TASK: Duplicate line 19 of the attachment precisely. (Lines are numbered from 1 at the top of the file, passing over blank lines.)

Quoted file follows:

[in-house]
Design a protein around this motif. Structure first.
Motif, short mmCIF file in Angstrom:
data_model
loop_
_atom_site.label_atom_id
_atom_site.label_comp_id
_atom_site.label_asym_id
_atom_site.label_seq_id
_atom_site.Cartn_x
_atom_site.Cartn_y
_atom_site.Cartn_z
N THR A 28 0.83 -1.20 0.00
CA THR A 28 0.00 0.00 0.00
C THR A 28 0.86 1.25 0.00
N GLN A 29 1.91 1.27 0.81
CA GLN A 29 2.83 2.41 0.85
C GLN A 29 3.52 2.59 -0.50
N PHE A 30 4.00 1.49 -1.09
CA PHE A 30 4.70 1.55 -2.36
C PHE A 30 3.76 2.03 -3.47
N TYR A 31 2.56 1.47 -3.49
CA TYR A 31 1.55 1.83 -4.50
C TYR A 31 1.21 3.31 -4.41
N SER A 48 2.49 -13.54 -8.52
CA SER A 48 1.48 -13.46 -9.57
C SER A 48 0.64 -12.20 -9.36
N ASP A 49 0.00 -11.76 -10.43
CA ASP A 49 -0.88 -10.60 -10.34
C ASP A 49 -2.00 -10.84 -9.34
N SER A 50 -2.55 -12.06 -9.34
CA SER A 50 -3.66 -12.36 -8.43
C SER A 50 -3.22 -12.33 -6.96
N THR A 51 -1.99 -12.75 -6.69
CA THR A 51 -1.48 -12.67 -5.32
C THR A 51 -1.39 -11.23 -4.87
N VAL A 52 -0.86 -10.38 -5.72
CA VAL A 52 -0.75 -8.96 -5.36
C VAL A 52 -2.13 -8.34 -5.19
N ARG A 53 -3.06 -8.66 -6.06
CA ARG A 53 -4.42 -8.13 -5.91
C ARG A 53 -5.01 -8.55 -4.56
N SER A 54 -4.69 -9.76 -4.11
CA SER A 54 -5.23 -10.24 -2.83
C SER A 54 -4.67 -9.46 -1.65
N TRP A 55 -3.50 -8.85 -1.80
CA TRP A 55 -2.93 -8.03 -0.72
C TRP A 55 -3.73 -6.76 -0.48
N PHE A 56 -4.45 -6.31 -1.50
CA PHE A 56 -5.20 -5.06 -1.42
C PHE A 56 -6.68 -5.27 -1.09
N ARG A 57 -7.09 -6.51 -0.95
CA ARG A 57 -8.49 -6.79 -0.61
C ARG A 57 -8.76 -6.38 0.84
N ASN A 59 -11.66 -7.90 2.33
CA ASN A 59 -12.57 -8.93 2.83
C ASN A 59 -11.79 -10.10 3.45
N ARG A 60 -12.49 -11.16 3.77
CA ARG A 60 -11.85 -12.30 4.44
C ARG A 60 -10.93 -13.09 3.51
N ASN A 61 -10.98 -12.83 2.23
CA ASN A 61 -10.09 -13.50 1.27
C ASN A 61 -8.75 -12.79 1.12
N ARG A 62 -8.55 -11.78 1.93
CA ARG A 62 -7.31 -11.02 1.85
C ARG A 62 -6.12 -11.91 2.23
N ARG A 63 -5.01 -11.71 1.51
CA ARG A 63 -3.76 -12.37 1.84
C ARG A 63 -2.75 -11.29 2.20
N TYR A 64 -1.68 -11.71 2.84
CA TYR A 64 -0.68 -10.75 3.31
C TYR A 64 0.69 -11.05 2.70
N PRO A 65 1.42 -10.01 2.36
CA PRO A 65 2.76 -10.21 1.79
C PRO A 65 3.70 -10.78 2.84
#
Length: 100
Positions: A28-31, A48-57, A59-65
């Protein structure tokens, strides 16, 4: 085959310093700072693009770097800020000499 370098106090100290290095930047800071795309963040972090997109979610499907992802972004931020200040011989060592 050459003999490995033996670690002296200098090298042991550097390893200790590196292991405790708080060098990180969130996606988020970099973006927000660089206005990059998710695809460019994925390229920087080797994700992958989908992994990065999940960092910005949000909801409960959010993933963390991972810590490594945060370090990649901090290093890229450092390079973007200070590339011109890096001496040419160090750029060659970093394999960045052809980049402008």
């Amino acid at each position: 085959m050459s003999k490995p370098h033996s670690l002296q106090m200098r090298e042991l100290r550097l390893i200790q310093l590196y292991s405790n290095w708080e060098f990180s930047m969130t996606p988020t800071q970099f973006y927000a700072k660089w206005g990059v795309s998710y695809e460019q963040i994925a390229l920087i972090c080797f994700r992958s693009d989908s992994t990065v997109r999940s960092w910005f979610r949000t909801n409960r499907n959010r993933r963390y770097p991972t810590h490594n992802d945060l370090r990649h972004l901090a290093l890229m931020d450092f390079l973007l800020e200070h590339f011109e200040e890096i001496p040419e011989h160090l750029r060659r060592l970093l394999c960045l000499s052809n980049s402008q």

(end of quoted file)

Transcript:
N PHE A 30 4.00 1.49 -1.09